Tokyo is full of great bars and their reputation for whisky is second to none – if you want to drink interesting, then its the city for you. I only had time to visit one whisky bar during my trip to Tokyo, but, fortunately, the choice wasn’t difficult. Among the city’s bars, there’s one that has stood the test of time and is a must-visit for any whisky fan – The Mash Tun.
Hidden down a side street near Meguro station, The Mash Tun is on the first floor of a block that you might walk past if you’re not used to Tokyo’s bars. I wasn’t, and walked straight past when I visited. An easy way to know that you’re in the right place is the saltire hung in the window – this is a bar which doesn’t hide what it’s about: Scotch whisky.
The Mash Tun isn’t a very big place. There’s a table, some boxes of bottles, the bar itself, and very little else. But that’s all it needs, apart from whisky.
Owner Toru Suzuki has a lot of whisky. Enough that he’s run out of space on the shelves, and it the collection has escaped to cover the bar as well. With a focus of independent bottlings, it’s almost impossible not to find something new that you want to try.
Overwhelmed by choice, I asked Suzuki-san to recommend me some bottlings that had been done specially for the bar – he picked me three.
Craigellachie 1990 26 Year Old from The Whiskyfind
Bottled for The Mash Tun by The Whiskyfind, a Taiwanese bottler whose whisky doesn’t get much further than Hong Kong.
Nose: Fruity and meaty. Gooseberries with a hint of gas hob, custard tarts and baked apples, Cadbury’s fingers of fudge, and a hint of spicy oak. Grapefruit and butterscotch follow with a hint of sour CO2 fizziness.
Palate: Soft and creamy in texture. Cake spice leads, with milky coffee, orange and grapefruit peels, and liquorice following. It’s lighter than expected from the nose, with polished at the back, and pineapple sponge draped with tinned peach in the middle.
Finish: Brown sugar leads to fruity toffee, apples and liquorice. The sweetness fades to leave fruit.
Cragganmore 1989 27 Year Old for The Mash Tun and Club Qing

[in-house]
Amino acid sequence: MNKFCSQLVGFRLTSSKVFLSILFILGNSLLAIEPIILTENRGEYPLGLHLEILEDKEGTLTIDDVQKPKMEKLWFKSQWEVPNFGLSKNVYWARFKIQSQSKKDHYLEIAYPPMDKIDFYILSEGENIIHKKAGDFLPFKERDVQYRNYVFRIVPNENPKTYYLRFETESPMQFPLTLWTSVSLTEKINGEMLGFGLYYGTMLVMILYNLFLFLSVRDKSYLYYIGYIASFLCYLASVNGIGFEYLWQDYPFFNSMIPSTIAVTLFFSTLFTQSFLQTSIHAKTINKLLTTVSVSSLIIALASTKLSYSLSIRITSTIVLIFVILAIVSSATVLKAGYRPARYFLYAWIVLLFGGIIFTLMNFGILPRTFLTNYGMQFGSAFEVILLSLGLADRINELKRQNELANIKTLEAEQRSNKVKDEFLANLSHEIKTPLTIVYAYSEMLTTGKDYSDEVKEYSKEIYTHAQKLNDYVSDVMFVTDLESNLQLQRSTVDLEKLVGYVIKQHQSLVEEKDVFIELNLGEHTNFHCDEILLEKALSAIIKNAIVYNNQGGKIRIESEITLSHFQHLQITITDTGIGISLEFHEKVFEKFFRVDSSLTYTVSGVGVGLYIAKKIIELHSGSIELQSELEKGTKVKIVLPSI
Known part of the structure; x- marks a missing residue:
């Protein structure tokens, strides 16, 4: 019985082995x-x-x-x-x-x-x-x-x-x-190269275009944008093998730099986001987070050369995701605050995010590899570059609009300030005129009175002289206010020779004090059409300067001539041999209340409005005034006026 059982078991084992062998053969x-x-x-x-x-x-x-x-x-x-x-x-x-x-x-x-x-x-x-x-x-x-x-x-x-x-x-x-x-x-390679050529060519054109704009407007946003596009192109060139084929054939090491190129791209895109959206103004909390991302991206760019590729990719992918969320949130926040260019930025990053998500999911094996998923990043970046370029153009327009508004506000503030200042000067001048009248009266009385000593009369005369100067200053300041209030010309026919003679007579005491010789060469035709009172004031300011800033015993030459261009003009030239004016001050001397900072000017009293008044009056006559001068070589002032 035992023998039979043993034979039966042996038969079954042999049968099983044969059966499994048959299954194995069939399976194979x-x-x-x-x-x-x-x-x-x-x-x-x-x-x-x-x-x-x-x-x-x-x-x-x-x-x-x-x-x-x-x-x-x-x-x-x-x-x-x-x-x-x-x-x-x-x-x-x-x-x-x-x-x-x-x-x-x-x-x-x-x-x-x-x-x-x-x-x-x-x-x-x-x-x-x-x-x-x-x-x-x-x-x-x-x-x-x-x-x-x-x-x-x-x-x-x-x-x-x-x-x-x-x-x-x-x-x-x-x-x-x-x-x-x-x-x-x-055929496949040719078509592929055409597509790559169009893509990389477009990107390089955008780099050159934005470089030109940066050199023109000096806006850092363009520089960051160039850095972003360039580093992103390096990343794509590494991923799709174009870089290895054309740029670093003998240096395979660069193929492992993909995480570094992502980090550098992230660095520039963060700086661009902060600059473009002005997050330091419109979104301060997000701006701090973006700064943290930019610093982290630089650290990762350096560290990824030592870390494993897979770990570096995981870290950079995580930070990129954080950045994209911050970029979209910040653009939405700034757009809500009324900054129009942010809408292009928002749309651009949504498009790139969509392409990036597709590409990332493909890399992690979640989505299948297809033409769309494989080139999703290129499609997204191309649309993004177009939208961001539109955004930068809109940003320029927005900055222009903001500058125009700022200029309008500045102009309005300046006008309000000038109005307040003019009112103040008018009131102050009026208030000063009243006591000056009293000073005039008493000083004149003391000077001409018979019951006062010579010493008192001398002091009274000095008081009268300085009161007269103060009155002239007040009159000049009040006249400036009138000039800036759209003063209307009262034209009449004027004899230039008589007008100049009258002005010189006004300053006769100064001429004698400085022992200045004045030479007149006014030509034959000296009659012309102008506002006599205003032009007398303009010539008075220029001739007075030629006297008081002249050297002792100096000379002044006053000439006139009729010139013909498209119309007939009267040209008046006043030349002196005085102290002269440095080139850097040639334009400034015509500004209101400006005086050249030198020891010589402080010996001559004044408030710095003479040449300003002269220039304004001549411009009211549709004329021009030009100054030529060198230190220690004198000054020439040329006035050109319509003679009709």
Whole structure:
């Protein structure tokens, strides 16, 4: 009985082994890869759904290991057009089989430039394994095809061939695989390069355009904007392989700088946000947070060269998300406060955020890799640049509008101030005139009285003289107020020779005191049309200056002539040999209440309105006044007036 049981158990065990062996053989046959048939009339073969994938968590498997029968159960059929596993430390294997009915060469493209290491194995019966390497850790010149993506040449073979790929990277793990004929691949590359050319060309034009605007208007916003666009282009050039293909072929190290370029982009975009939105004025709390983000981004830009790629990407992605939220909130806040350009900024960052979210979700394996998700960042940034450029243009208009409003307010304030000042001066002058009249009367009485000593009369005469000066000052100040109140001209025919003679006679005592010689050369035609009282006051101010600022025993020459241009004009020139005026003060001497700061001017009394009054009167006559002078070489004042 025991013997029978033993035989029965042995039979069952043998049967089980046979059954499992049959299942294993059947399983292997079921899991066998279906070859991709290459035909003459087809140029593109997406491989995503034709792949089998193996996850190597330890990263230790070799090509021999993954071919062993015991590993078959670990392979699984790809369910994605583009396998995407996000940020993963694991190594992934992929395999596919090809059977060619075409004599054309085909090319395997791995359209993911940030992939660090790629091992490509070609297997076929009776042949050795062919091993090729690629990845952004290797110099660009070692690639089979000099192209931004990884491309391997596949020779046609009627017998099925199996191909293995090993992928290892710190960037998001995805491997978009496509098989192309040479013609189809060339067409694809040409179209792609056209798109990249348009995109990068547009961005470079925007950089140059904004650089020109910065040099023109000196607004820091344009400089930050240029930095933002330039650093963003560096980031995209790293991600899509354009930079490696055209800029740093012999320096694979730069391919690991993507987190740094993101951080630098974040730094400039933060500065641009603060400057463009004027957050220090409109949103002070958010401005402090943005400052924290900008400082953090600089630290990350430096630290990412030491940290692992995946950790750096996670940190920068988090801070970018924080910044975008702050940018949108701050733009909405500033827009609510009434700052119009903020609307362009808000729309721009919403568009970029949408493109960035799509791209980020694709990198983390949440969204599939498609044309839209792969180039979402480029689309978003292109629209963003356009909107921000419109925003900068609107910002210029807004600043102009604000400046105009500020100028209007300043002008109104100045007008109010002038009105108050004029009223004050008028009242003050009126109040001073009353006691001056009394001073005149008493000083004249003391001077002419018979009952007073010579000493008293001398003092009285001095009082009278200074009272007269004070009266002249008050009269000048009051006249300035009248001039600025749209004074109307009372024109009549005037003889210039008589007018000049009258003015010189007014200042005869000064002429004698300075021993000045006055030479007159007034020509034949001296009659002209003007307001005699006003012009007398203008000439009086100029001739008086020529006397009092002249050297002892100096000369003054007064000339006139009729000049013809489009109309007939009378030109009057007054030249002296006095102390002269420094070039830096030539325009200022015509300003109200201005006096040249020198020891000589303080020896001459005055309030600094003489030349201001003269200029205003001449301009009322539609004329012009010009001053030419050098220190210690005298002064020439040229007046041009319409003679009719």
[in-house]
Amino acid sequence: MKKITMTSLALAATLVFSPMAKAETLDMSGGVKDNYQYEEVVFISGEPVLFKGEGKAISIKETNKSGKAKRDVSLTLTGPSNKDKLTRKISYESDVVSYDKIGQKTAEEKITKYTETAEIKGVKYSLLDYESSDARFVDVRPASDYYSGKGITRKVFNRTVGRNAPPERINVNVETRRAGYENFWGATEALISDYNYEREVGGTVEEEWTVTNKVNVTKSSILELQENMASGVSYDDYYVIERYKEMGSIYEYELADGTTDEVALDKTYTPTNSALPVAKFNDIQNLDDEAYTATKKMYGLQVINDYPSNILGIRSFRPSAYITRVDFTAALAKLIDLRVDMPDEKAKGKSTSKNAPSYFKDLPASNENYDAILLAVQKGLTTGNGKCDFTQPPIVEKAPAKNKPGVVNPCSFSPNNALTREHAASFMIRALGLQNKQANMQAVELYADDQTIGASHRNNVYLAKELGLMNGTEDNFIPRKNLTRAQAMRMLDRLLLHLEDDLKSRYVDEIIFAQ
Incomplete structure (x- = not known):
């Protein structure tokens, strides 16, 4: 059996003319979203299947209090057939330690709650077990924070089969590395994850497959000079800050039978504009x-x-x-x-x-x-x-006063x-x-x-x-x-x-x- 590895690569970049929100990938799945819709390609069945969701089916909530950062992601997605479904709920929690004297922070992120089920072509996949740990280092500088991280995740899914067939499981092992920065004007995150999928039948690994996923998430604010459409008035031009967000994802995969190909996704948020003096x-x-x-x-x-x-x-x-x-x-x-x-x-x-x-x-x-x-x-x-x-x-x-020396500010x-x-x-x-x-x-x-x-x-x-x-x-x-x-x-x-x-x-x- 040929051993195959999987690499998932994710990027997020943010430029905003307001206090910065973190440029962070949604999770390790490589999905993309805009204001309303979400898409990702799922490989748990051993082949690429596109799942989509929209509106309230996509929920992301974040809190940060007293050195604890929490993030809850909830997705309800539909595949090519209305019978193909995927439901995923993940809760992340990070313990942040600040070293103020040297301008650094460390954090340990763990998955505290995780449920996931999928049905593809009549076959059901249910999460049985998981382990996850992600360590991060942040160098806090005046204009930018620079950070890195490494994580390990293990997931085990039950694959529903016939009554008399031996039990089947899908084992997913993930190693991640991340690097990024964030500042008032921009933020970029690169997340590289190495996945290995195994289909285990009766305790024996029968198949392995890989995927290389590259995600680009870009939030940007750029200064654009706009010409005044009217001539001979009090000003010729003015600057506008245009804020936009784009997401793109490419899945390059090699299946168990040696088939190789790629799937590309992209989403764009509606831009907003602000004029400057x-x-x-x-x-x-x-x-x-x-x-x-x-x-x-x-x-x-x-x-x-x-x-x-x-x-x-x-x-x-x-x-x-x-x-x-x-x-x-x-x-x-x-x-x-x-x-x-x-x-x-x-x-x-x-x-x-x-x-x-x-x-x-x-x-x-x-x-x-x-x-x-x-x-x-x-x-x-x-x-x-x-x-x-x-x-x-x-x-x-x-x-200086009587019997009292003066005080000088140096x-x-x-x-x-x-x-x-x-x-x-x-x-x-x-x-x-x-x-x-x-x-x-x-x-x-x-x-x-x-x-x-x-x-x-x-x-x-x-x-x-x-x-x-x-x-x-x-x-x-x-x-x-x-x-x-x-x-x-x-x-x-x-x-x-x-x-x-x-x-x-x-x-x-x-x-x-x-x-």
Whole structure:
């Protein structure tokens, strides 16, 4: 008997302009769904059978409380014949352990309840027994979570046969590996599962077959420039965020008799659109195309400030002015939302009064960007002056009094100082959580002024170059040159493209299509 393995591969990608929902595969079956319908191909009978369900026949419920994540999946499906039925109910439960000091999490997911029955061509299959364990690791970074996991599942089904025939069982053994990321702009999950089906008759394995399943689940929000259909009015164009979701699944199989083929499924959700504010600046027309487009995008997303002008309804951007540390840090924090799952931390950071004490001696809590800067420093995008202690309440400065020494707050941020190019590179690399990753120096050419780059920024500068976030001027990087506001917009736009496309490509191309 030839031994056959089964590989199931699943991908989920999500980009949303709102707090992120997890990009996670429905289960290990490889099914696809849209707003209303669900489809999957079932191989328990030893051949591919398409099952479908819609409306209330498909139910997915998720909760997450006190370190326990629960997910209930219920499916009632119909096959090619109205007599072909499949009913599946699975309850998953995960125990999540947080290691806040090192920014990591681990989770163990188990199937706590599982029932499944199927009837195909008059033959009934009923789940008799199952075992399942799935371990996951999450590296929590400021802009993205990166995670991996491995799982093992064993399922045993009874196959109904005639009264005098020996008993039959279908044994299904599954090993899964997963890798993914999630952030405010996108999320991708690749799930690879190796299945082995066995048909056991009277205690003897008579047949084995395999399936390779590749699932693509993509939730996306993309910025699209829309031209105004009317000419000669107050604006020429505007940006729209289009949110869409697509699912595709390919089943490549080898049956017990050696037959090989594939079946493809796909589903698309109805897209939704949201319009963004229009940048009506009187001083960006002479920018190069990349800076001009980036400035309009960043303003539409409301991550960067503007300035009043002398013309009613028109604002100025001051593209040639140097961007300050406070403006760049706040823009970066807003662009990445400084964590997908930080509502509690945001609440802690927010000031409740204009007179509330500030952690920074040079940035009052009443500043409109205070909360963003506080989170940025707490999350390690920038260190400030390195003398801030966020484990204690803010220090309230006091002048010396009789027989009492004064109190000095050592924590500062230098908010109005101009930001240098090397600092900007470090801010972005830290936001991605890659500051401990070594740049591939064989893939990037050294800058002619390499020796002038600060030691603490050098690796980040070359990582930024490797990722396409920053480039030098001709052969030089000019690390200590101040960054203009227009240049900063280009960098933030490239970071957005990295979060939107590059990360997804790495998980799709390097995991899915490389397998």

A join bottling with Hong Kong whisky bar Club Qing, featuring the cats of The Mash Tun’s Toru Suzuki and Club Qing’s Aaraon Chan – Ribbon and Bubee.
Nose: Freshly polished boots, forest floors and raisins. Brown sugar and lardy cake build, with fruit following: apples, unripe pears, bitter oranges and sweet mandarins. Baked bean hints follow with a touch of struck match. Apple pie notes build.
Palate: Creamy and apple-y – baked and freshly sliced. Butter toffee and caramel build, with liquorice touches and increasing tropical fruit: pineapple and papaya. Caramel covered apples (on a stick) are joined by Trio bars (from the 1980s), and Cadbury’s Fruit & Nut without the nuts but with blackcurrants.
Finish: Hints of orange and raisin are covered with chocolate. That all fades away to leave fruit and polished oak.
Williamson 2005 14 Year Old: There You Are!
Williamson is the name given to a teaspooned whisky from Laphroaig – this is strictly speaking a blended malt, but it’s almost certainly almost entirely Laphroaig. It has an excellent label, combining Hong Kong trams with the obligatory cats.
Nose: Meaty, medicinal and minerally. The meatiness slowly rolls back to reveal fruit – generically tropical – with a touch of freshly painted creosote. Gravelly notes build, raked on a driveway leading to the ocean. Nose clearing menthol pushes through the middle, along with a scoop of black tar. As the nose acclimatises to the smoke, sweet apple and pineapple cubes grow, although hidden under a coat of tar and bobbly liquorice allsorts.
Palate: Soft and surprisingly easy-drinking after the intensity of the nose, and unmistakeably ‘Williamson’ – thankyou Bessie. Strong ash and TCP notes are swamped by orchard fruit and a touch of the tropical. Menthol notes waft about – a tub of Vicks Vaporub sits open in the wings. Pine and pineapple push in, but the tar creeps in around the back along with a stack of sticks of liquorice.
Finish: Sweet and leafy, with apples and menthol slowly dying away to reveal damp and earthy peat smoke.
Should I visit The Mash Tun, Tokyo?
Yes. Simple as that.
Other bars may have rarer or more expensive whiskies, but The Mash Tun combines a great selection, great atmosphere, great customers – you’ll always find someone interesting talk to at the bar – and an excellent host. If you’re in Tokyo, go – Suzuki-san will find you something interesting to drink.